However, this can be dangerous, especially if you unknowingly suffer from impaired liver function or hemochromatosis. This can quickly lead to an overdose of iron. The Federal Institute for Risk Assessment (BfR) therefore recommends that dietary supplements with iron only be taken after consultation with a doctor.
Too much iron: these are the consequences
An overdose of iron can occur even without a previous illness – for example if you use high-dose preparations from the internet or accidentally take too much. Taken once or over a short period of time, too much iron can temporarily cause vomiting, diarrhea, and black stools .
However, if you have taken too much iron over a long period of time, it can be dangerous in the long term. Regardless of whether it is due to a long-term overdose, iron storage disease or alcohol addiction – the excess iron is deposited in the cells of various organs and tissues and damages them. Those affected are:
- Heart and cardiac muscles
- pituitary gland
- Gonads (testes and ovaries)
The consequences are tissue damage and poisoning, which can manifest themselves in very different symptoms depending on the organs affected.
Symptoms of a long-term excess of iron are varied
The problem with an excess of iron: The symptoms only appear gradually and are often non-specific. The first signs include exhaustion and weakness. Iron overload is therefore often only noticed when the accumulation of the mineral in the tissues is already very high.
The most common consequence is liver disease. But the following problems can also occur:
- stomach pain
- Bronze skin (bronze diabetes)
- Joint pain, especially in the hands
- Underactive thyroid ( hypothyroidism )
- Prediabetes or diabetes
- Increased risk of liver or pancreatic cancer
- Heart failure or heart failure (uncommon)
The signs can also differ in men and women. Specific symptoms in men often affect the liver and pancreas. Warning signs are often yellowish skin (jaundice), pale, foul-smelling stools (fatty stools) or signs of diabetes (such as increased thirst and frequent urination). In addition, iron deposits in the testicles can lead to erectile dysfunction .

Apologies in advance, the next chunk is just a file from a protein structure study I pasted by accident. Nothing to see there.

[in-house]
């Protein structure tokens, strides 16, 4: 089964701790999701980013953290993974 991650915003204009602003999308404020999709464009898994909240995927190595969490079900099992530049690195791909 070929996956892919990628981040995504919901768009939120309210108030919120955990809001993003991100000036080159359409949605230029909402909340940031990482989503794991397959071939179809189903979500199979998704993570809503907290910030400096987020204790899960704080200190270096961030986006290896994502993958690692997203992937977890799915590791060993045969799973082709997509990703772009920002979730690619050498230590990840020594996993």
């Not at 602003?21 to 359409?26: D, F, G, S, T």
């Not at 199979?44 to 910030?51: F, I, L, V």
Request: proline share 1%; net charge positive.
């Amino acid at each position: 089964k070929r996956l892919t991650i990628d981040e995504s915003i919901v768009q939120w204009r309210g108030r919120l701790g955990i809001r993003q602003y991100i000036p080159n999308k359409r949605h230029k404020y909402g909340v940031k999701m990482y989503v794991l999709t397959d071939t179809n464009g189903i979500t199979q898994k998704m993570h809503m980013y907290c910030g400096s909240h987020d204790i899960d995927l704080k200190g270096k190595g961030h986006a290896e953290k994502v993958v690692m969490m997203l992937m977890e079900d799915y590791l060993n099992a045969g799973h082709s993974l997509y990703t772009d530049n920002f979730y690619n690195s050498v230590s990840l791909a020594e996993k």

Women, on the other hand, suffer more from vague symptoms that affect the whole body, such as fatigue and joint pain .
What to do if the iron level is too high?
If you experience these symptoms and you suspect iron excess, you should be examined by your family doctor. A close laboratory check is then usually carried out, during which your iron levels (serum iron, ferritin, transferritin) are checked. To rule out hereditary iron storage disease, genetic tests and sometimes a liver biopsy are also carried out.
If congenital hemochromatosis is present, regular blood sampling (phlebotomy) is generally the best treatment. It protects against further organ damage – but cannot reverse existing damage. These must then be treated separately.
If iron overload is due to an overdose of nutritional supplements or repeated blood transfusions, treatment usually consists of so-called iron chelation therapy. The medications used bind excess iron and thus reduce iron levels. In this way, the therapy prevents or delays organ damage.
Iron is an important mineral and essential for your health. However, too much iron in the blood damages various organs and can therefore be dangerous. A hereditary iron metabolism disorder and overdosing with nutritional supplements are the most common causes of an excess of iron. To counteract the risk of excess iron, you should only take iron supplements after prior medical consultation.